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5 Simple Writing Exercise

Updated on April 7, 2014

Fit the following words together in a naturally-flowing scene of at least 500 words:





I: Word List Challenge

This ancient challenge will work with any combination of nouns and verbs that you can customize to your preferences and writing style/pace if you already have one established.

A solid, general format to use:

2 generic nouns

1 proper noun

1 verb

You can write the words on pieces of paper and draw them randomly from a bucket, or use an online word generator to come up with the list for you. You can select the words from a book or any other reading material and add to it over time so you never run out or get the same list twice.

Grab the book nearest to you.

Open to a random page and copy the first complete sentence you see.

Close the book.

Continue the scene.

II: Book Challenge

Use a sentence from a book as a starting point for a scene.

Open to page 7, 30, 52, 41, 100. Or your favorite number.

Copy sentence 3, 8, the last one, first of paragraph 4, second to last on page.

Writers are stealers, combine 2 sentences from one book or 2 sentences from different books and use them as opening and closing sentences, and work on the writing in between.

Combine this with another exercise for a dual-challenge.

Adjust this for ebooks! Instead of physical books, pull up any book on amazon or another book retailer and use the publicly-available samples inside instead of a physical book if you prefer.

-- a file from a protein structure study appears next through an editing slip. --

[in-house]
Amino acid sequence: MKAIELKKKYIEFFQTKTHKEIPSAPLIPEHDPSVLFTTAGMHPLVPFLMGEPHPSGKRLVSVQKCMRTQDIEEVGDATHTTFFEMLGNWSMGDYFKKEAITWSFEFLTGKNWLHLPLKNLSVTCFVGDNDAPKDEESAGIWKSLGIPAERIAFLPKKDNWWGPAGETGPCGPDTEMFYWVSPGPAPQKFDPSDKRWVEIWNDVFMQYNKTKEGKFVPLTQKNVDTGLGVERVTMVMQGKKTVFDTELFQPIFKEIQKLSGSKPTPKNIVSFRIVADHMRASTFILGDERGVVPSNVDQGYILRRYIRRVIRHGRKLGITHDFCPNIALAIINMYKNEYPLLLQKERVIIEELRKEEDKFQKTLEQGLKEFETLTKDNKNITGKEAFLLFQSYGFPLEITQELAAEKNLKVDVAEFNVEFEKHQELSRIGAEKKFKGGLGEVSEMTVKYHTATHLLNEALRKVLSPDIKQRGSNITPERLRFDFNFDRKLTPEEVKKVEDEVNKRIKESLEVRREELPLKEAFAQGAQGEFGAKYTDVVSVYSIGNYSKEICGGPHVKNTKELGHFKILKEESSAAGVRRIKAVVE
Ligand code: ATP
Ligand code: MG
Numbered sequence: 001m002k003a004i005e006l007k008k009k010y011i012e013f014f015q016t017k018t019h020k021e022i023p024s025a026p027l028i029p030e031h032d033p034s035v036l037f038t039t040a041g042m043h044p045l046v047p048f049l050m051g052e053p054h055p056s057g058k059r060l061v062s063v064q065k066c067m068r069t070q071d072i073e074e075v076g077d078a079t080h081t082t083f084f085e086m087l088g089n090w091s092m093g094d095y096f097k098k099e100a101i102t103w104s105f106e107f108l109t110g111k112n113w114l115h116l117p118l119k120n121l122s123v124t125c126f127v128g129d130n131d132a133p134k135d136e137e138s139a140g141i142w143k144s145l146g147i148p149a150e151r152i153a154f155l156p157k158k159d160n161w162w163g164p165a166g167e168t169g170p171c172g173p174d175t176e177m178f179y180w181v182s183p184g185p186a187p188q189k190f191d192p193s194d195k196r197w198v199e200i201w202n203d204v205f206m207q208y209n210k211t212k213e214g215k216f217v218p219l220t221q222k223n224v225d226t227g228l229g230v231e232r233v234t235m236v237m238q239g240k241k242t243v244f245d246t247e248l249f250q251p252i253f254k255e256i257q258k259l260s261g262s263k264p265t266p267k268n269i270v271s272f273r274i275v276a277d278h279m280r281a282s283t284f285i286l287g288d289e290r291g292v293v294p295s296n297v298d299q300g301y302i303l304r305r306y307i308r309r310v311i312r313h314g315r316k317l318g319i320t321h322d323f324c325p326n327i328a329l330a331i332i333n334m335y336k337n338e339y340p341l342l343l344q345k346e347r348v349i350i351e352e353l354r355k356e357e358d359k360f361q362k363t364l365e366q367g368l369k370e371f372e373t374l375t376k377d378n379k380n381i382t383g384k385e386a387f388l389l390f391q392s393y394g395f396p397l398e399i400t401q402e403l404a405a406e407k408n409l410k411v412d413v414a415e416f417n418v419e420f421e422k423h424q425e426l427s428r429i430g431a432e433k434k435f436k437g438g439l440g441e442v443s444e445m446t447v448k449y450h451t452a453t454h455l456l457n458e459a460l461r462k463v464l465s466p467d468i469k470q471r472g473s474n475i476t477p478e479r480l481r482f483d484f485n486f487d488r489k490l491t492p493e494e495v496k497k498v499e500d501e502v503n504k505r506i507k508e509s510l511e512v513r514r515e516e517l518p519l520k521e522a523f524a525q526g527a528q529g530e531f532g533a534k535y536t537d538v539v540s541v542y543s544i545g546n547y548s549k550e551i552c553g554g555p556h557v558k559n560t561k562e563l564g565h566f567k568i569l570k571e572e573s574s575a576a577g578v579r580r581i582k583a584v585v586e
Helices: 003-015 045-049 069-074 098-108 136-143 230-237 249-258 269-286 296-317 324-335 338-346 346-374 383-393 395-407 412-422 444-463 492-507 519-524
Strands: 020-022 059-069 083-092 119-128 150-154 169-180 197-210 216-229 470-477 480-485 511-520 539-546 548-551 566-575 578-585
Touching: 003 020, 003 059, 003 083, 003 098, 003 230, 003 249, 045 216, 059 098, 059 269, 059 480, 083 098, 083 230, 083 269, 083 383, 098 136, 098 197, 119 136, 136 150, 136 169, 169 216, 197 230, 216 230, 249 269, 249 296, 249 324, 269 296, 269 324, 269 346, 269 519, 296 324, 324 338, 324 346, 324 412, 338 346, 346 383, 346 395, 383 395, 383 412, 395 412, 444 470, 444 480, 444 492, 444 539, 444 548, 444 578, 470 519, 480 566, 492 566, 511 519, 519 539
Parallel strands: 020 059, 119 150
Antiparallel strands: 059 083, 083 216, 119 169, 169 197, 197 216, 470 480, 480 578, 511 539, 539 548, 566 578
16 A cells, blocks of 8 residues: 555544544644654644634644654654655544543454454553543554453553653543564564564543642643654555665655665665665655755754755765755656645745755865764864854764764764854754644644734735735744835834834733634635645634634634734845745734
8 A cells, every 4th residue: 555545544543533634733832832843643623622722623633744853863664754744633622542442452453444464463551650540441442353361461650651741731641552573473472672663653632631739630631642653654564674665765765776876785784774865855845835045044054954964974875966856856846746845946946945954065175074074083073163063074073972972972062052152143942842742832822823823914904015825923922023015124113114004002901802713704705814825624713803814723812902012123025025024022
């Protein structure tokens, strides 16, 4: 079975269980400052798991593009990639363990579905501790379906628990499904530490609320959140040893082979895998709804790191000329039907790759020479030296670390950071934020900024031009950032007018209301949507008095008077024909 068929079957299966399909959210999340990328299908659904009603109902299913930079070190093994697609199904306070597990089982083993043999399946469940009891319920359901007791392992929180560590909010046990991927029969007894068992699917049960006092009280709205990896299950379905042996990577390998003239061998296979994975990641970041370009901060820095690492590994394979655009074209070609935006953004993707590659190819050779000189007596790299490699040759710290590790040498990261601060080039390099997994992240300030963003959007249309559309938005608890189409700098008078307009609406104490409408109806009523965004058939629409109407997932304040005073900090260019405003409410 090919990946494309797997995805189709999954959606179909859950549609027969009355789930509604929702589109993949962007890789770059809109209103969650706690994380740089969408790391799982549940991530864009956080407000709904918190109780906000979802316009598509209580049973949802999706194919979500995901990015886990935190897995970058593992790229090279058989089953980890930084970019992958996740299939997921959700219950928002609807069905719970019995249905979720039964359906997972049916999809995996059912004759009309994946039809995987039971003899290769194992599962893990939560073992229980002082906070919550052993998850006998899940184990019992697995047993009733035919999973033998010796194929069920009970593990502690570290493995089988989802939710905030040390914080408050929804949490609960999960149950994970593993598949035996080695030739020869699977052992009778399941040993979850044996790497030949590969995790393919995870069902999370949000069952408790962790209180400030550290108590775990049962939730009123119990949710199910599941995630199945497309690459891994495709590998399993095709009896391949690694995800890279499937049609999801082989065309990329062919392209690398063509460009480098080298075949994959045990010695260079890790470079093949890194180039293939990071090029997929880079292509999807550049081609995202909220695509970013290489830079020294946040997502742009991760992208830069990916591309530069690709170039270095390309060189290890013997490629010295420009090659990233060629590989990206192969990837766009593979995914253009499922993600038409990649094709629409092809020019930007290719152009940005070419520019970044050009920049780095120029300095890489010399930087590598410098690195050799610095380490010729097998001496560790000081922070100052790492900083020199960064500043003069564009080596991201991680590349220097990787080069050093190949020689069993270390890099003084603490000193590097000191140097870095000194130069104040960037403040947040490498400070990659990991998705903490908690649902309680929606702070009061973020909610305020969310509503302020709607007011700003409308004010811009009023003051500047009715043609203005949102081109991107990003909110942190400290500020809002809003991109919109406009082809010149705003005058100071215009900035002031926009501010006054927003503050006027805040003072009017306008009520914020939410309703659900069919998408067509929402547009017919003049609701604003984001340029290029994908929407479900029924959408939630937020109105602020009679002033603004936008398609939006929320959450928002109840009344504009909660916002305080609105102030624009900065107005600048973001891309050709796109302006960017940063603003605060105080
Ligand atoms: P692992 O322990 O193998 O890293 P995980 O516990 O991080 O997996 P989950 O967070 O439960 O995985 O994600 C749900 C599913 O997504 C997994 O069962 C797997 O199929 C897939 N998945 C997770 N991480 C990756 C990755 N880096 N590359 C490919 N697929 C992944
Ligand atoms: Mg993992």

Some thematic name generators:









III: Character Creation Challenge

Plug your name or the name of a friend into a thematic name generator.

Based on the result, fill out the following character profile:




Alignment: lawful, neutral, chaotic/ good, neutral, evil

Hair color/style:

Eye color/style:

Scars/ tattoos/ identifying marks:


Home town:


Defining Moments in life:

You might choose to add more to this list, but do not remove anything. If it does not apply, simply write "N/A" for "not applicable." The purpose is to create a story based around this character, and from there, the possibilities are endless.

Alternatively, you might search for art that focuses on people and create a profile based on the image you're presented with.

IV: Cataclysm Challenge

Perfect for more plot-based writers or those of you who prefer world-building writing.

A cataclysm breaks out in your area. It's powerful enough to change the landscape and destroy your home. The whole state/region is out of power.

During this event, you discover something about yourself. It might be a super power, or a characteristic flaw/ability (lack of compassion, survival instincts, etc)

Your goal is to find safety. You interact with at least 2 people on your way. 1 of them has a physical, mental or emotional ailment or inhibition caused by the disaster.

Which of the exercises do you like most?

See results

V: Dialogue Challenge

Write 250 words of a dialogue exchange between 2 unrelated characters who have never met and got stuck together in an elevator. Dialogue only, no dialogue tags, no explanations. Everything written must be between quotation marks.

Your goal is to answer any questions a reader might have while still making the conversation sound natural.

Want more?

You can check out my hub about how to maintain a steady flow of inspiration here.


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